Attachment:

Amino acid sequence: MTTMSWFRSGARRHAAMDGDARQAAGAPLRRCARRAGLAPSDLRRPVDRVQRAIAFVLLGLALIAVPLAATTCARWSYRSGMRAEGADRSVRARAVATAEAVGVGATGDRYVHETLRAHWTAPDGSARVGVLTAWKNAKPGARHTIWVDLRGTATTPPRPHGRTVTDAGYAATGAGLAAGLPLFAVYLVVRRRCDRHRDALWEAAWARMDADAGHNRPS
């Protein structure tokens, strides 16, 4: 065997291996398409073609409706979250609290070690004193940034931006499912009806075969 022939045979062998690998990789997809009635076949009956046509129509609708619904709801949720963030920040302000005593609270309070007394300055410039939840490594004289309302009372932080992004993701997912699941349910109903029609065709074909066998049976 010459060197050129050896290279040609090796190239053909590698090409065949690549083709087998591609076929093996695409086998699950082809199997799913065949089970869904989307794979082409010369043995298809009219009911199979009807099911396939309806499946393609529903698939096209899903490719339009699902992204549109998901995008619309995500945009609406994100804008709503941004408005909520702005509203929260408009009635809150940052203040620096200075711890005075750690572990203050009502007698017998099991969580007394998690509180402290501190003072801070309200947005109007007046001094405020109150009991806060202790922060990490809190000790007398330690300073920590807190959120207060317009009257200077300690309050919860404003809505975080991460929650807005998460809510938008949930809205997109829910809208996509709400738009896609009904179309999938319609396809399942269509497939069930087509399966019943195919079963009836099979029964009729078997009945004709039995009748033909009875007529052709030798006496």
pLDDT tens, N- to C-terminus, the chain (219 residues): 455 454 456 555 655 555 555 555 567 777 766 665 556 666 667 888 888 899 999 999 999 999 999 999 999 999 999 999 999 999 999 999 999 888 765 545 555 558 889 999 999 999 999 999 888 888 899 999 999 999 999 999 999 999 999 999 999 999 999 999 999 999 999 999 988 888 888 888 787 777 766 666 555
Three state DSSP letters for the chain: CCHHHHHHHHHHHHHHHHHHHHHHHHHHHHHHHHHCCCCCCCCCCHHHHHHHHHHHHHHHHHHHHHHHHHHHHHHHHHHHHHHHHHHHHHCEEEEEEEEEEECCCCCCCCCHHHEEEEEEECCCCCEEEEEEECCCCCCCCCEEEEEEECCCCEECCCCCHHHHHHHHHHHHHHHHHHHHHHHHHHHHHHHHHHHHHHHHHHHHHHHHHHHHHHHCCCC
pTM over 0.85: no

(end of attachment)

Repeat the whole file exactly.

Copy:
Amino acid sequence: MTTMSWFRSGARRHAAMDGDARQAAGAPLRRCARRAGLAPSDLRRPVDRVQRAIAFVLLGLALIAVPLAATTCARWSYRSGMRAEGADRSVRARAVATAEAVGVGATGDRYVHETLRAHWTAPDGSARVGVLTAWKNAKPGARHTIWVDLRGTATTPPRPHGRTVTDAGYAATGAGLAAGLPLFAVYLVVRRRCDRHRDALWEAAWARMDADAGHNRPS
């Protein structure tokens, strides 16, 4: 065997291996398409073609409706979250609290070690004193940034931006499912009806075969 022939045979062998690998990789997809009635076949009956046509129509609708619904709801949720963030920040302000005593609270309070007394300055410039939840490594004289309302009372932080992004993701997912699941349910109903029609065709074909066998049976 010459060197050129050896290279040609090796190239053909590698090409065949690549083709087998591609076929093996695409086998699950082809199997799913065949089970869904989307794979082409010369043995298809009219009911199979009807099911396939309806499946393609529903698939096209899903490719339009699902992204549109998901995008619309995500945009609406994100804008709503941004408005909520702005509203929260408009009635809150940052203040620096200075711890005075750690572990203050009502007698017998099991969580007394998690509180402290501190003072801070309200947005109007007046001094405020109150009991806060202790922060990490809190000790007398330690300073920590807190959120207060317009009257200077300690309050919860404003809505975080991460929650807005998460809510938008949930809205997109829910809208996509709400738009896609009904179309999938319609396809399942269509497939069930087509399966019943195919079963009836099979029964009729078997009945004709039995009748033909009875007529052709030798006496």
pLDDT tens, N- to C-terminus, the chain (219 residues): 455 454 456 555 655 555 555 555 567 777 766 665 556 666 667 888 888 899 999 999 999 999 999 999 999 999 999 999 999 999 999 999 999 888 765 545 555 558 889 999 999 999 999 999 888 888 899 999 999 999 999 999 999 999 999 999 999 999 999 999 999 999 999 999 988 888 888 888 787 777 766 666 555
Three state DSSP letters for the chain: CCHHHHHHHHHHHHHHHHHHHHHHHHHHHHHHHHHCCCCCCCCCCHHHHHHHHHHHHHHHHHHHHHHHHHHHHHHHHHHHHHHHHHHHHHCEEEEEEEEEEECCCCCCCCCHHHEEEEEEECCCCCEEEEEEECCCCCCCCCEEEEEEECCCCEECCCCCHHHHHHHHHHHHHHHHHHHHHHHHHHHHHHHHHHHHHHHHHHHHHHHHHHHHHHHCCCC
pTM over 0.85: no